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MO26 - Anatomical Pathology II (ID 129)
- Event: WCLC 2013
- Type: Mini Oral Abstract Session
- Track: Pathology
- Presentations: 1
- Moderators:E. Brambilla, V.L. Capelozzi
- Coordinates: 10/30/2013, 10:30 - 12:00, Bayside 105, Level 1
MO26.07 - Usefulness of cytological samples for the assessment of ALK rearrangements in NSCLC patients. (ID 2351)
10:30 - 12:00 | Author(s): M. Montañana
ALK gene rearrangement defines a new molecular subtype of NSCLC with response to Crizotinib, (Xalkori®) a dual MET and ALK inhibitor. To date, determination of ALK gene rearrangements has been performed in biopsies and/or surgical specimens. However, advanced lung cancer is often diagnosed by FNA cytology obtained through minimally invasive procedures, and frequently cytological specimens are the only samples available. We assessed the feasibility of determining ALK gene rearrangements in cytological samples.
We studied prospectively 53 cytological samples from 53 NSCLC patients (30 M/23 F) for ALK gene rearrangements by FISH (Abbot dual colour break apart probe). Tumour samples were obtained by bronchoscopy -FNA in 26 cases (49.1%), EBUS-FNA in 7 (13.2%), EUS-FNA in 3 cases (5.7%), CT-FNA in 3 (5.7%), and direct FNA in 6 cases (11.3%). Two cavity fluids (3.8%), 4 imprints from surgical specimens (7.5%), and 2 cellblocks received for consultation (3.8%) were also studied. FISH was performed on Papanicolau stained smears in 15 cases (28.3%), non-stained ThinPrep in 28 cases (52.8%), cell block in 9 cases (17%), and 1 stained ThinPrep. All cases were tested for EGFR and KRAS mutations.
Thirty-seven samples (69.8%) were adequate for FISH analysis. Three cases (8.1%) had ALK gene rearrangements: positive cases were non-smoker women with adenocarcinoma, two of them with signet ring cells. One case had a concurrent EGFR mutation in exon 21. FISH study was unsuccessful in 16 cases (30.2%): 10 from Papanicolau stained smears (62.5%), 5 from unstained ThinPrep (31.3%), and 1 from a cell block. Nineteen ThinPrep slides were adequate for FISH analysis (86.4%) as well as 8 out of 9 cell blocks. Correlation cytological / paraffin embedded samples was performed in 4 cases with a concordance rate of 100%.
Determination of ALK gene rearrangements in cytological specimens is feasible. It is mandatory an exquisite management and care of the samples to preserve quality. ThinPrep and cell blocks are the most suitable samples for FISH analysis, while Papanicolau stained smears provide poor results. Coexistence of ALK gene rearrangements and EGFR mutations was observed in one case, indicating that such alterations are not necessarily mutually exclusive.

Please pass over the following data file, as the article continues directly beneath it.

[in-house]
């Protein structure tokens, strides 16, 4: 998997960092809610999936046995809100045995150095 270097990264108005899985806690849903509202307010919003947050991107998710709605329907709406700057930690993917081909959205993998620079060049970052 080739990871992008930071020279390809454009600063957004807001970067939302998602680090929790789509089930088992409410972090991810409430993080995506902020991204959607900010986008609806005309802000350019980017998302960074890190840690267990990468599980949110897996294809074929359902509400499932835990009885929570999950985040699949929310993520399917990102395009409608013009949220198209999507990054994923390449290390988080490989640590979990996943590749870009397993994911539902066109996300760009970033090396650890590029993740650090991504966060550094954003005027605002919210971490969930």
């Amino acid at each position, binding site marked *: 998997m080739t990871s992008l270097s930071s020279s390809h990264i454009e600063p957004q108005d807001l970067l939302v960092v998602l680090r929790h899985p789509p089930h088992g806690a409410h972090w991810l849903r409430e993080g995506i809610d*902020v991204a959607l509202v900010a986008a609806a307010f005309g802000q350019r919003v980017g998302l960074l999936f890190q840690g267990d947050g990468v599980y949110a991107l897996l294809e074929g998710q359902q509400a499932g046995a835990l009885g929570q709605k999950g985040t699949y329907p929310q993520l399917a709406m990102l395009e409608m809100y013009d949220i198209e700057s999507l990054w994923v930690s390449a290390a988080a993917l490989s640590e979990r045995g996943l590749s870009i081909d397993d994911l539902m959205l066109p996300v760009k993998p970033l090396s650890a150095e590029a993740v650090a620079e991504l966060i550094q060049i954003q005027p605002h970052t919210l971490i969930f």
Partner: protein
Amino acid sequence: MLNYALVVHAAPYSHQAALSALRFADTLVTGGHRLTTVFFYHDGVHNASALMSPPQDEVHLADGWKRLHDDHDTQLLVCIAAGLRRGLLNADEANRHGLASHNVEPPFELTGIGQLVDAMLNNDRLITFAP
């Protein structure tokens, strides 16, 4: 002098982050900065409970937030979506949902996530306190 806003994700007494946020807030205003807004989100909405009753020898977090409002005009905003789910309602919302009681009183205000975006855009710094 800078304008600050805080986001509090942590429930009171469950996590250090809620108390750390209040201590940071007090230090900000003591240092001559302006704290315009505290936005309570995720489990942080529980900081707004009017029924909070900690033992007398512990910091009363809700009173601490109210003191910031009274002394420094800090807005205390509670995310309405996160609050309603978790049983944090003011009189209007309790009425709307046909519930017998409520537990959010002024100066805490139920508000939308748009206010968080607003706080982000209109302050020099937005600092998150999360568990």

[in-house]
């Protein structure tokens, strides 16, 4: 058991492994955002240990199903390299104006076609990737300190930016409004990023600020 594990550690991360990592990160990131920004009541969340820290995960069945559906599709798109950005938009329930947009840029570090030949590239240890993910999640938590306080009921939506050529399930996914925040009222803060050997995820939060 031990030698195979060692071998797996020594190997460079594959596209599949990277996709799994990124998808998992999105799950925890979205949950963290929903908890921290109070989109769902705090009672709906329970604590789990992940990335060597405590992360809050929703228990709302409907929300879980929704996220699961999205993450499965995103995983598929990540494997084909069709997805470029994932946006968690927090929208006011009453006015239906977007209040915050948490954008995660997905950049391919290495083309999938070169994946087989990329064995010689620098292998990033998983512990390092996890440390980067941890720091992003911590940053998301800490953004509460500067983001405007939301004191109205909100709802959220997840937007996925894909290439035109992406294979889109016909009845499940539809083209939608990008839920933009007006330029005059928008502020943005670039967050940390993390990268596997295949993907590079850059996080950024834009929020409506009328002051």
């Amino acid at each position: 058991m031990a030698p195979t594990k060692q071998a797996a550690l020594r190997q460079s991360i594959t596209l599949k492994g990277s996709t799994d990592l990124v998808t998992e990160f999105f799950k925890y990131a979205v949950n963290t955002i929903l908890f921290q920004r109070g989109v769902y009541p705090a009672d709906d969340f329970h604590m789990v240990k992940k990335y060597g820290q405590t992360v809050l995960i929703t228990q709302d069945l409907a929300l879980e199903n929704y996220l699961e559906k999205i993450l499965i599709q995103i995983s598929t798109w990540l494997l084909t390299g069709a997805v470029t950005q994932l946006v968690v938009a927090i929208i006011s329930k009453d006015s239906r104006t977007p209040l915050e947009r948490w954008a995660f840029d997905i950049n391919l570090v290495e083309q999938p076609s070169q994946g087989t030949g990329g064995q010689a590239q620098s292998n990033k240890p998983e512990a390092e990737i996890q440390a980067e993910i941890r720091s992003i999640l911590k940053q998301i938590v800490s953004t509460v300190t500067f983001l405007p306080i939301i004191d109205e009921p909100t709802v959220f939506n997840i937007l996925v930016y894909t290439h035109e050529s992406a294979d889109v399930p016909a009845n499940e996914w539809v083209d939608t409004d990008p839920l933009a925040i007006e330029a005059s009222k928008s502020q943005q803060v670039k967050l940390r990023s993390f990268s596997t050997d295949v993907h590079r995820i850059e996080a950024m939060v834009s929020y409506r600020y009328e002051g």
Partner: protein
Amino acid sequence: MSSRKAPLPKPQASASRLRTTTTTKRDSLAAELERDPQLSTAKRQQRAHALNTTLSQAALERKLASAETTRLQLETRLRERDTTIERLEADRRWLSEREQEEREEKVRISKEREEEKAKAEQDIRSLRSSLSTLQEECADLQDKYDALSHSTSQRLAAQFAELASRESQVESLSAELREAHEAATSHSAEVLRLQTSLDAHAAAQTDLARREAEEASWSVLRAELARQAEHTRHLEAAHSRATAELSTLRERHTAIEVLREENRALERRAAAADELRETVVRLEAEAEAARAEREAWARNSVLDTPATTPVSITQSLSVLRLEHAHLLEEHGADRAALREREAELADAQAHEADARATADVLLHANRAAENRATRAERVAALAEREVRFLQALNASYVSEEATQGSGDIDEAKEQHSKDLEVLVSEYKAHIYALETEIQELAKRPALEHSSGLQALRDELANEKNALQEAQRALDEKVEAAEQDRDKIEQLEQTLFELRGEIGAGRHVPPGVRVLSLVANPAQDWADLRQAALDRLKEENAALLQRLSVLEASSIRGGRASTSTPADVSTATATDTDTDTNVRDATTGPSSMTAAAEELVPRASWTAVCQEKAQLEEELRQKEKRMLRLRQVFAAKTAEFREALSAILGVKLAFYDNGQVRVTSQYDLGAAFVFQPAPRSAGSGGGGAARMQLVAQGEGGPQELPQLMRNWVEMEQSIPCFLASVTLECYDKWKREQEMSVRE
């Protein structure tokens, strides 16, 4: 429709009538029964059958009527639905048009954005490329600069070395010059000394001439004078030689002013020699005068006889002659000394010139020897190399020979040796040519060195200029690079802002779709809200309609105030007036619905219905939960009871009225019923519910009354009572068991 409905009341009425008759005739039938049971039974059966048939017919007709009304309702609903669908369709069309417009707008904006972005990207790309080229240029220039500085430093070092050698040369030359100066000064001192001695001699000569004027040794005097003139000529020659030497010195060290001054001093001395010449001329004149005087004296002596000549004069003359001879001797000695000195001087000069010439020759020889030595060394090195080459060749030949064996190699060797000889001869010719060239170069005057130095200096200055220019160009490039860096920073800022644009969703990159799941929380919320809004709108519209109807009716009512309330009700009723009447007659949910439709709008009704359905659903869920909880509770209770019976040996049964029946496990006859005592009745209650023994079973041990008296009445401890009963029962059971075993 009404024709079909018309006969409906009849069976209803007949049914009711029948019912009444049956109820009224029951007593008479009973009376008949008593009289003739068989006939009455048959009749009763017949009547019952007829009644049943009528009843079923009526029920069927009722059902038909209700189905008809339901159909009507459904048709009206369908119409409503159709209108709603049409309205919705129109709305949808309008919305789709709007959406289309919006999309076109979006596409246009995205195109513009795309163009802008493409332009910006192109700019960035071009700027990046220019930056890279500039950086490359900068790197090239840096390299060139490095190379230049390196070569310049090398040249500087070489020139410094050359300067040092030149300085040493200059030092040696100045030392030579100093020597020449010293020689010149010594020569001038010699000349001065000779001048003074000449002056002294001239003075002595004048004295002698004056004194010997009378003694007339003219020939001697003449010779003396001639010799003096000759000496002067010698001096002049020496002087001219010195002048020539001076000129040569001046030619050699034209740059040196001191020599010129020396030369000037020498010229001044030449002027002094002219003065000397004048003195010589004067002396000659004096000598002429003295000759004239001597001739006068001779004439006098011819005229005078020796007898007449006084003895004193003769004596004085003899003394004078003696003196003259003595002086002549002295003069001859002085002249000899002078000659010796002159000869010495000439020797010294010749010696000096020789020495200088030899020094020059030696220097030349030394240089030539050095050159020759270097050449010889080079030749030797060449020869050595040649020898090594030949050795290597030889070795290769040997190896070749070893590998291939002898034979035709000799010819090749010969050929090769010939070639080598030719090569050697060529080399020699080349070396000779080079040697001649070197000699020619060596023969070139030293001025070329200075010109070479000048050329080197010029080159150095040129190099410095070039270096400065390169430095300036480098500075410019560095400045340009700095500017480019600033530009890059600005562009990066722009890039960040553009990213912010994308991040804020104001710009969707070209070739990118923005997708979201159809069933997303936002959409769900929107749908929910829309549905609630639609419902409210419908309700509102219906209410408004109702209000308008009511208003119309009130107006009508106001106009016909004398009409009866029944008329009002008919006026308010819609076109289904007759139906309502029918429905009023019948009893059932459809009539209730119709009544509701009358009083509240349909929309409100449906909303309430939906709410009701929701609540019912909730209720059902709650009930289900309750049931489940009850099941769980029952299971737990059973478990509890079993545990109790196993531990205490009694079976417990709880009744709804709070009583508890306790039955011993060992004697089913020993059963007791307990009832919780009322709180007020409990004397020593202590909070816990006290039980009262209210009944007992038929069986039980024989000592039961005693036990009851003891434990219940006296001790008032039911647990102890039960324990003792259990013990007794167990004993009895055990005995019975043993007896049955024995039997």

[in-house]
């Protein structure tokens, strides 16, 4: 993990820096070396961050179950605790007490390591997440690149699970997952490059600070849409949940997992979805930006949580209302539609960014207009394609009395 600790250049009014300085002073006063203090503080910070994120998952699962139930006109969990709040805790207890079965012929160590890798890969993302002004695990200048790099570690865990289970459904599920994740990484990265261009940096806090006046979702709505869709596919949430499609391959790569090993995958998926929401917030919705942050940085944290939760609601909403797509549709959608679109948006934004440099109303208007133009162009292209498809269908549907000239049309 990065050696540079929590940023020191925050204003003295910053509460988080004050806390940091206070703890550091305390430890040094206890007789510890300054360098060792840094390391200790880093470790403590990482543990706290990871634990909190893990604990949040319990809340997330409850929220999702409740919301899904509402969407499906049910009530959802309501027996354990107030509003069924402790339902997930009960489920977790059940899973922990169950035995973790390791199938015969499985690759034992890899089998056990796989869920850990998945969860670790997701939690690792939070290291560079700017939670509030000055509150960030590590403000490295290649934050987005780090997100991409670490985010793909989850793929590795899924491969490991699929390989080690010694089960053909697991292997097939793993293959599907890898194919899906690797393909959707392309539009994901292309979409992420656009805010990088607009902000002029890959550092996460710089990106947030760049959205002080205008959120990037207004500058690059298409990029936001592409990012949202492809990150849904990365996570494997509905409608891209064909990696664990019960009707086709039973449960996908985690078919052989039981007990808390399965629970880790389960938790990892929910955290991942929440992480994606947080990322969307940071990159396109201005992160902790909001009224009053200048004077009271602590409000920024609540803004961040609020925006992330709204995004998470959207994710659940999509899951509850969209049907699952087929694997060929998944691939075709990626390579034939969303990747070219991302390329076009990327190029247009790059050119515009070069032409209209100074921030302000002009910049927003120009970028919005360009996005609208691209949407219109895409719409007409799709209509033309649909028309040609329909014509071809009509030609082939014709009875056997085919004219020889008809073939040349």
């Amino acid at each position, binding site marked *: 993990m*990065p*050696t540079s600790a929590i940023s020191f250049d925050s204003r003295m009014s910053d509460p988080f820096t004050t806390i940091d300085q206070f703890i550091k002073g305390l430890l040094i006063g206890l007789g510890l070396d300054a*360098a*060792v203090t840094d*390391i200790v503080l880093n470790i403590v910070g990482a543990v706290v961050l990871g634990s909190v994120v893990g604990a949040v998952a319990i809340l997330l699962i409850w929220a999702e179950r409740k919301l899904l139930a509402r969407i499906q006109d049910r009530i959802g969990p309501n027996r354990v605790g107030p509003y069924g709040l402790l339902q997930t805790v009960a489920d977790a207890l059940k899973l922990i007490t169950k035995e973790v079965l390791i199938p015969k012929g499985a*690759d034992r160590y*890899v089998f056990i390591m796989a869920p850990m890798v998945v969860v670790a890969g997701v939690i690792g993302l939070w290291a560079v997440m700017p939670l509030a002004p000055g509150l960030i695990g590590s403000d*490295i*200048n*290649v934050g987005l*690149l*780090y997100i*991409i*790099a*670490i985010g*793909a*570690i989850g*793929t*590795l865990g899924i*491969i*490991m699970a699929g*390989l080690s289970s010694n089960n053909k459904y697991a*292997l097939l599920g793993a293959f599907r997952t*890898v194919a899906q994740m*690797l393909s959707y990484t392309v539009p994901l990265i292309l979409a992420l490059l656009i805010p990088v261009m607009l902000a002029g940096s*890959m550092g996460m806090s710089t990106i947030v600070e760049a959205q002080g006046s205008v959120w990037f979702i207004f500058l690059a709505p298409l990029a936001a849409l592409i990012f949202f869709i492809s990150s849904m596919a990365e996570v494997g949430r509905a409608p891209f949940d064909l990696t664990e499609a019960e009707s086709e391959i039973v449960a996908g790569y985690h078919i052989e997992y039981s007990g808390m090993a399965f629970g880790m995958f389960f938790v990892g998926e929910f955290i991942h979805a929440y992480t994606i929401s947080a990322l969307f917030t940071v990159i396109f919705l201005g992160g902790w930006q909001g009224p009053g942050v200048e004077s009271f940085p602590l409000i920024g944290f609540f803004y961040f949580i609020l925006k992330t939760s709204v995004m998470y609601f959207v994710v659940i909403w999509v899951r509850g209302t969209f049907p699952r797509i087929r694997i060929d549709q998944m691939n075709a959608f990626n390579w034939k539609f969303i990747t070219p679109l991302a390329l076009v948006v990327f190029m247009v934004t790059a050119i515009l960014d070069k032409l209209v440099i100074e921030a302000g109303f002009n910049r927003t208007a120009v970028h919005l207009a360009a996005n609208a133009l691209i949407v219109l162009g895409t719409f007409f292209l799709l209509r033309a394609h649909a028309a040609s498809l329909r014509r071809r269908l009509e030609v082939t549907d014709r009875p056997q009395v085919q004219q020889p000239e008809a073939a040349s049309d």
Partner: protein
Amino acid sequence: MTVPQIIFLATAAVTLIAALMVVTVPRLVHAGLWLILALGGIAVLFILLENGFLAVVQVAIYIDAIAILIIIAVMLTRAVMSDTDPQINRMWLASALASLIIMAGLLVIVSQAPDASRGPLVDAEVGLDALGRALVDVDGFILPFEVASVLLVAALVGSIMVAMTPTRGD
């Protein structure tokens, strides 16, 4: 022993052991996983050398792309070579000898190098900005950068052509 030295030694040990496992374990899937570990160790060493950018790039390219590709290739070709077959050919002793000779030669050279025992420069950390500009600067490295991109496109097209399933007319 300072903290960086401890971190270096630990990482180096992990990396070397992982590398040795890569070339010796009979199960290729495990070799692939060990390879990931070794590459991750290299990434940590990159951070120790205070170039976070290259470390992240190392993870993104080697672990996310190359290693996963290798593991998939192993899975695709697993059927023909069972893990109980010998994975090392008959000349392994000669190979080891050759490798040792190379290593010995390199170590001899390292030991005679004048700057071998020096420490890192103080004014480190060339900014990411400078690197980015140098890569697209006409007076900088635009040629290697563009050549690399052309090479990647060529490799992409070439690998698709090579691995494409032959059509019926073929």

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P2.18 - Poster Session 2 - Pathology (ID 176)
- Event: WCLC 2013
- Type: Poster Session
- Track: Pathology
- Presentations: 1
- Coordinates: 10/29/2013, 09:30 - 16:30, Exhibit Hall, Ground Level
P2.18-015 - EGFR and KRAS mutational analysis using small amounts of DNA from FNA and small CNB is feasible and reproducible using a commercial real time PCR method. Validation of this PCR method in cytological samples. (ID 2721)
09:30 - 16:30 | Author(s): M. Montañana
EGFR and KRAS mutations guide treatment selection in NSCLC patients. With 75% of newly diagnosed cases at advanced stages, mutational analysis is performed in small samples: core needle biopsies (CNB) and fine needle aspiration (FNA). Both the cobas EGFR and KRAS test are CE-IVD. No validation studies of the cobas tests have been performed using cytological smears but it is important to extend the benefits of molecular targeted therapy while preserving tissue for additional marker testing.
EGFR and KRAS mutation status were studied in 140 non-selected samples from NSCLC patients: 49 CNB, 91 FNA. DNA was extracted directly from one stained smear in FNA samples and one 5-micron section in CNB using the cobas DNA Sample Preparation Kit. All samples contained ≥ 50% tumor cells. DNA concentration and ratio (A260/280) were recorded. All cases were studied using the cobas EGFR and KRAS mutation tests. Moreover, 123 and 125 cases were analyzed respectively for EGFR and KRAS mutational status using Sanger sequencing.
CNB diagnosis was: 29 SqCC, 17 AC, 1 BAC, 1 adenosquamous, 1 NSCLC-NOS. FNA diagnosis was: 64 AC, 13 SqCC, 3BAC, 2 LCC, 2 adenosquamous, 7 NSCLC-NOS. DNA concentrations from CNB were higher and significantly different than DNA from FNA (p<0.001,U Mann Whitney). DNA quality was similar between sample types. Mutational analysis is shown in Table 1. Mutation rate for EGFR was 15.9% and 8.2 % and for KRAS 37% and 16.7% in FNA and CNB, respectively, but should be considered within the context of tumor type. 8.6% and 36.4% of the cases were below the manufacturer’s recommendations of 2ng/µl and 4ng/µl for EGFR and KRAS testing, respectively. Invalid rates were 2.1% (3) for EGFR and 5.5% (9) for KRAS. These results may be due to low DNA concentration (EGFR) or technical performance (KRAS) that was resolved with later samples. Sequencing invalid results were 42.3% for EGFR and 0.8% for KRAS. Table 1.
* By sequencing 6 WT and 3 mutated
FNA CNB EGFR WT 74 45 Exon 19 Del 8 2 Exon 20 Ins 0 1 L858R 5 1 Exon 18 G719X 1 0 Invalid 3 0 KRAS WT 51 40 12/13 Mutation 29 8 61 Mutation 1 0 Invalid* 8 1
In addition to FFPE samples, identification of EGFR and KRAS mutations in FNA and CNB samples using cobas EGFR and KRAS Mutation Tests is faster, easier to use, and reproducible. Although DNA concentrations were lower from FNA, DNA quality was similar to CNB and provided valid results. Sequencing had lower sensitivity and was more time-consuming. Careful sample management, especially for FNA, by the pathologist is critical to ensure quality and to optimize DNA yields.